Deborah Howell, 68, a former Washington Post ombudsman and veteran editor who helped lead two news organizations to three Pulitzer Prizes, died Saturday after being struck by a car while vacationing in New Zealand, stepson Nick Coleman said.
Born in San Antonio, Howell was raised in Texas, where her father was a newspaper reporter, editor and broadcaster and her mother had been editor of her high school newspaper. Howell graduated from the University of Texas and worked for newspapers in the state before moving to Minnesota in 1965 to be a reporter and editor at the Minneapolis Star.
In 1979, she began working at the St. Paul Pioneer Press, which she led to two Pulitzers as top editor.
She left in 1990 to become Washington bureau chief and then editor of Newhouse News Service, which won a Pulitzer during her tenure.
Howell joined the Washington Post in 2005 as ombudsman, advocating for the interests of readers, and held the position until 2008.
"My values simply are these: Journalism should be as accurate as human beings can make it, and it should be enlightening, fair, honest and as transparent as possible," she wrote in her first column as ombudsman, in October 2005. "Mistakes should be acknowledged and quickly corrected. When you finish reading the Post, you should feel more informed than when you began. I truly believe a democracy can't operate without a free press. But I also can't live without 'Doonesbury' or 'Opus' on Sunday."
Howell lived in Glen Echo, Md.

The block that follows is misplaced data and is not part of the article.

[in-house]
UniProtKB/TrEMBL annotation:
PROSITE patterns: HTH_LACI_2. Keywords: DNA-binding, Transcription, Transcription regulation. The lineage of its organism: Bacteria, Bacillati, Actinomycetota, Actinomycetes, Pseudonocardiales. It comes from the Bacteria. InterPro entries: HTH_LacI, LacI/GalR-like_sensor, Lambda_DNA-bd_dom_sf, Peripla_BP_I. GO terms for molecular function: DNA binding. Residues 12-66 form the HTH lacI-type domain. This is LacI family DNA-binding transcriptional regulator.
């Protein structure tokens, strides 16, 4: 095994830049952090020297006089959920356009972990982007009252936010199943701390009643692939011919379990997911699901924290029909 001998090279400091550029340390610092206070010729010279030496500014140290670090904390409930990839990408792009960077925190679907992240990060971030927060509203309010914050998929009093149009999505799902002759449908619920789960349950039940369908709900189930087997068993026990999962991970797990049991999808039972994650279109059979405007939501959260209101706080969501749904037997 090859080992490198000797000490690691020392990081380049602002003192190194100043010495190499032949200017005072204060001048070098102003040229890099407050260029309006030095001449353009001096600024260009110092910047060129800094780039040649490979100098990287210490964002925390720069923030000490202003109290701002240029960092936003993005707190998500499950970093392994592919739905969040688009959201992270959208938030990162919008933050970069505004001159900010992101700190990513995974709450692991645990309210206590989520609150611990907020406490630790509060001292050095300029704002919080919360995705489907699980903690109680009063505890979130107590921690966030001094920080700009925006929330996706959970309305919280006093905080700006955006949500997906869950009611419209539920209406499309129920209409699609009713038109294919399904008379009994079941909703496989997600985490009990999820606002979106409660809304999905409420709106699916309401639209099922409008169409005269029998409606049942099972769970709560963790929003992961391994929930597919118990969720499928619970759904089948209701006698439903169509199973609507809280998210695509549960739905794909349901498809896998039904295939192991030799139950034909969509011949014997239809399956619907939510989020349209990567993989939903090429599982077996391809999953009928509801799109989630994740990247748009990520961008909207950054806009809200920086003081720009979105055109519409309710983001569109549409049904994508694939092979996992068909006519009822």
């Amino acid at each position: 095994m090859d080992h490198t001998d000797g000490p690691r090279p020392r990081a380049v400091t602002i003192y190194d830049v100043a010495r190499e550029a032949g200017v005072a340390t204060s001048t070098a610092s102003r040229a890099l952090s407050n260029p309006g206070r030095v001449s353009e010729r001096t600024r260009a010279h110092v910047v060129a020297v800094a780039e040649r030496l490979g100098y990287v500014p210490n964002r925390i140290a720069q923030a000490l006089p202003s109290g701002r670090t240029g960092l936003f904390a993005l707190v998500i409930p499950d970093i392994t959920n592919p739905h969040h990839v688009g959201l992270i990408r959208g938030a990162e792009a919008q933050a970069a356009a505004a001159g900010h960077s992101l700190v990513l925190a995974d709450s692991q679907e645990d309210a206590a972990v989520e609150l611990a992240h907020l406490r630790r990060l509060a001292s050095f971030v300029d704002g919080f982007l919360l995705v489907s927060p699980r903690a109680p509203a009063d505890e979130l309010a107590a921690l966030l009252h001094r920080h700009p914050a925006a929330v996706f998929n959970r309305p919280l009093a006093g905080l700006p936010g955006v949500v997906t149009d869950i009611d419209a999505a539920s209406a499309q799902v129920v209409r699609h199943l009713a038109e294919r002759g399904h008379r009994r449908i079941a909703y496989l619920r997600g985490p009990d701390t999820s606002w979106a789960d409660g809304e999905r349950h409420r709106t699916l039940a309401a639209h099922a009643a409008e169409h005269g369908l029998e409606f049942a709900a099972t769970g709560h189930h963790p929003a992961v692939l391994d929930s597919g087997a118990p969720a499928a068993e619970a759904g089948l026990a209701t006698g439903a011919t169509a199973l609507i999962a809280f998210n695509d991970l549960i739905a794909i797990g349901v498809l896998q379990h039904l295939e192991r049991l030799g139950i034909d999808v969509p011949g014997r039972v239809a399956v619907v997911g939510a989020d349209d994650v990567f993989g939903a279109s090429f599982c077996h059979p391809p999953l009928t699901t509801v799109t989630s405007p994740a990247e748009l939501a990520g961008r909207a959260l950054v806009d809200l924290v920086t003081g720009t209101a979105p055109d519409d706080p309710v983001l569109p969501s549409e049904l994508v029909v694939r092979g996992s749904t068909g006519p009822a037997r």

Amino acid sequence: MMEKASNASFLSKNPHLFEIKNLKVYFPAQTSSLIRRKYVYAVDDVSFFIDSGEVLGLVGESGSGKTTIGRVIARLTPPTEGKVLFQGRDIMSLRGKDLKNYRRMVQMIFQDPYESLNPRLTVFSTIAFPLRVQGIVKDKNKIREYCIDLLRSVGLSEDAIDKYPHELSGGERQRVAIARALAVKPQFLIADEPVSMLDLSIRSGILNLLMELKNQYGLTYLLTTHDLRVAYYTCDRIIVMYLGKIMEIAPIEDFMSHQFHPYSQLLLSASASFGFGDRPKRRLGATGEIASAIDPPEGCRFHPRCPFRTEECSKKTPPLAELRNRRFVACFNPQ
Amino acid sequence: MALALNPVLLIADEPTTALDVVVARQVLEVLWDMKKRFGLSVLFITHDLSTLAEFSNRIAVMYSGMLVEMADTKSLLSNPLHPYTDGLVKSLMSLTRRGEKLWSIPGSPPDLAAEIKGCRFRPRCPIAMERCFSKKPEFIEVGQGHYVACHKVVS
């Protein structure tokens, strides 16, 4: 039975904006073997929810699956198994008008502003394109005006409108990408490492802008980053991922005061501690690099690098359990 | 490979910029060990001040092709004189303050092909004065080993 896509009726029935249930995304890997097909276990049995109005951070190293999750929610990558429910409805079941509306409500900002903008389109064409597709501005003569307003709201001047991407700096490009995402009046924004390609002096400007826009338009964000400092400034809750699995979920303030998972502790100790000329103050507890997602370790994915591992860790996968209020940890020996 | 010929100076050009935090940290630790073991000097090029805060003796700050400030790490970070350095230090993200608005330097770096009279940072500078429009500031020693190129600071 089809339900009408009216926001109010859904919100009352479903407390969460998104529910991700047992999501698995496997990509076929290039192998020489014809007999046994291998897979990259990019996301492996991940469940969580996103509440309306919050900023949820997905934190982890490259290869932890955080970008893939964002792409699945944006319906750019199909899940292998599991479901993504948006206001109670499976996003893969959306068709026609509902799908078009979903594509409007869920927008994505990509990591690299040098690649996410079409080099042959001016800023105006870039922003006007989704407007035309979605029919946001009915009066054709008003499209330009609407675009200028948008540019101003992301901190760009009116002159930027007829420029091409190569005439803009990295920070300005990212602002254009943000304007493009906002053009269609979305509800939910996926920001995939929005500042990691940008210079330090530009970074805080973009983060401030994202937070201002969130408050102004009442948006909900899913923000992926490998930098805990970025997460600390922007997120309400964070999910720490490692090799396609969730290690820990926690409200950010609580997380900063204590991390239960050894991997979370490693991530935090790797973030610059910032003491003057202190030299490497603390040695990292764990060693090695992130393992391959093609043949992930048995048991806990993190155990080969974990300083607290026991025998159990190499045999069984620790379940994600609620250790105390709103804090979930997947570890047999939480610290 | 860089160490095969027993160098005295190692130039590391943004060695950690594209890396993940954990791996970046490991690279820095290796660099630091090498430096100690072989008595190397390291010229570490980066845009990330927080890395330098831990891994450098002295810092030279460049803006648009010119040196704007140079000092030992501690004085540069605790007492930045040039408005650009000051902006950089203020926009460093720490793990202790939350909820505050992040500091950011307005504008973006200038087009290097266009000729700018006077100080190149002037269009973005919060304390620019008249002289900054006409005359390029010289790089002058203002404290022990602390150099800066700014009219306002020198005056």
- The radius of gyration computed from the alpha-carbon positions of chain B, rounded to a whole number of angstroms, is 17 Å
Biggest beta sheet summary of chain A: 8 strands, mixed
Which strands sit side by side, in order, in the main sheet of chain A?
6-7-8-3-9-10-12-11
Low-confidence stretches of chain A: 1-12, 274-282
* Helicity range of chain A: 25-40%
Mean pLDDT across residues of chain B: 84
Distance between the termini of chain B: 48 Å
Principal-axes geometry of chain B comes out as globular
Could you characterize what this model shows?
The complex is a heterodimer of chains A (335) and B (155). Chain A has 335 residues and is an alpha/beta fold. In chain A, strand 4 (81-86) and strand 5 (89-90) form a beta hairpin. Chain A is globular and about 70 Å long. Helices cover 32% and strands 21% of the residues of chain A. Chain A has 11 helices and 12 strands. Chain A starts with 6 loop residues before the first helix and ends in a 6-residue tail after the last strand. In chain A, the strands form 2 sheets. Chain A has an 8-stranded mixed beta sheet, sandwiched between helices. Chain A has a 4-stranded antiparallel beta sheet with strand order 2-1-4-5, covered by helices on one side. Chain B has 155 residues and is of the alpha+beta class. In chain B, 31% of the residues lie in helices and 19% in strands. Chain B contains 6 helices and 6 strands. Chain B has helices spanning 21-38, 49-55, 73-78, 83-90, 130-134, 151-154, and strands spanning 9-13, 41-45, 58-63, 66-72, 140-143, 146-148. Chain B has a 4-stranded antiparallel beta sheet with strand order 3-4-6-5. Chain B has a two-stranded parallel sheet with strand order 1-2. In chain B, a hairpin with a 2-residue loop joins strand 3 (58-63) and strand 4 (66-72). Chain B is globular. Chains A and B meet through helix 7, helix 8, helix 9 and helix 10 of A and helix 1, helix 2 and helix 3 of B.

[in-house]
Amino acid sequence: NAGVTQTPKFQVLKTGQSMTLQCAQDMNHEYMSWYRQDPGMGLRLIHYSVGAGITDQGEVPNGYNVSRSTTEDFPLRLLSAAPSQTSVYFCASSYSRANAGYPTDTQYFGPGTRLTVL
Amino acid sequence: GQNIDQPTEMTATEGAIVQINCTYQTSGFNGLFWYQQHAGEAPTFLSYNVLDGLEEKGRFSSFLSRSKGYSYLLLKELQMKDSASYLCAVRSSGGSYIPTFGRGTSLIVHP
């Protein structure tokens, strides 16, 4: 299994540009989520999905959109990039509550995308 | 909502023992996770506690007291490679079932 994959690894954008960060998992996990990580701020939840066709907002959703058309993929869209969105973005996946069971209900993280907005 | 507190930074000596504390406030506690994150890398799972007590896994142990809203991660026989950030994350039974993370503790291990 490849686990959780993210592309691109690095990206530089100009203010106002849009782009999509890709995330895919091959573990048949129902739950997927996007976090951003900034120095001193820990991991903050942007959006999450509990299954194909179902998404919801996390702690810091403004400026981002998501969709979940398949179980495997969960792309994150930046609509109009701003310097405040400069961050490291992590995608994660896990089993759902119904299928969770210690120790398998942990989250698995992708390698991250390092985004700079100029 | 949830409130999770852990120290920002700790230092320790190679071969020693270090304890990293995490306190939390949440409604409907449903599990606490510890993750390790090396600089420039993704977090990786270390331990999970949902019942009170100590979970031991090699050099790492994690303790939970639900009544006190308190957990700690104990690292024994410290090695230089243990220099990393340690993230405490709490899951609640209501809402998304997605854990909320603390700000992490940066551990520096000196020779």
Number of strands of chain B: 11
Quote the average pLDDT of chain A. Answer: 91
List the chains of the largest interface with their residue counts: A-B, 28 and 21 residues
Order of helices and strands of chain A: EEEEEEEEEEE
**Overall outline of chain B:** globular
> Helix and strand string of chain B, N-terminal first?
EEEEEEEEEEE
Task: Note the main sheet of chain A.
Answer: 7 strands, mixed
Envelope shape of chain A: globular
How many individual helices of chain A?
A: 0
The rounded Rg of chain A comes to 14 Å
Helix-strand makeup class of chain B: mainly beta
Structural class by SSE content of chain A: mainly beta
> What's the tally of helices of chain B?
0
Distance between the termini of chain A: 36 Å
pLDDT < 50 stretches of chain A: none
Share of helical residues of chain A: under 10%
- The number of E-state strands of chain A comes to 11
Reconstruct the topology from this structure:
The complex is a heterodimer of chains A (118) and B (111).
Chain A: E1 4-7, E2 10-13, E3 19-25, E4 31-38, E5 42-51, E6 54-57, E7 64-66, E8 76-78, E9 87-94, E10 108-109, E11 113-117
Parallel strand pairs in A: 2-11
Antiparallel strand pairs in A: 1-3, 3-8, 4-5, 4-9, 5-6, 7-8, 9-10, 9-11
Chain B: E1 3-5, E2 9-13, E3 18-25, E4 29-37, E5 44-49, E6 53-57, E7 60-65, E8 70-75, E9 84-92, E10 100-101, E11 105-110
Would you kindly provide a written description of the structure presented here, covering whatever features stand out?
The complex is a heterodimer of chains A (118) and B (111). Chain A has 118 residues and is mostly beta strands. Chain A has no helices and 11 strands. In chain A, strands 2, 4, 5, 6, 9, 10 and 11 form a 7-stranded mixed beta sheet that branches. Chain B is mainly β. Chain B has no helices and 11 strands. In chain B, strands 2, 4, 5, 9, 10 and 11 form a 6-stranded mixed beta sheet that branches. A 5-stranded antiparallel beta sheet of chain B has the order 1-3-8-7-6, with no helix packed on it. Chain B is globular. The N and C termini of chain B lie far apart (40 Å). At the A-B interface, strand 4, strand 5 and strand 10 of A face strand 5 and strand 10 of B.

At the time of the accident, she was vacationing with her husband, former University of Minnesota President C. Peter Magrath. She was married to former Minnesota Senate Majority Leader Nicholas Coleman until his death in 1981.
Jeanette Scola Trapani
San Francisco quake survivor
Jeanette Scola Trapani, 107, one of the oldest survivors of the 1906 San Francisco earthquake and fire, died Monday at her home in El Dorado Hills near Sacramento after suffering from pneumonia, her daughter Dolores Legge said.
Trapani, who was born April 21, 1902, on San Francisco's Telegraph Hill, had clear memories of the disaster even though she was a few days shy of her fourth birthday when the quake struck April 18, 1906.
"She vividly remembered the terrible smell of the smoke from the burning city and how she and her family had to live in a tent in the Presidio," Legge told the San Francisco Chronicle.
Trapani, who gave private piano lessons, married in 1929. She and her husband, Vincent, who was in the beverage business, lived in Southern California for many years before returning to Northern California in the 1970s, according to the Chronicle.
-- times staff and wire reportsCopyright © 2014, The Baltimore Sun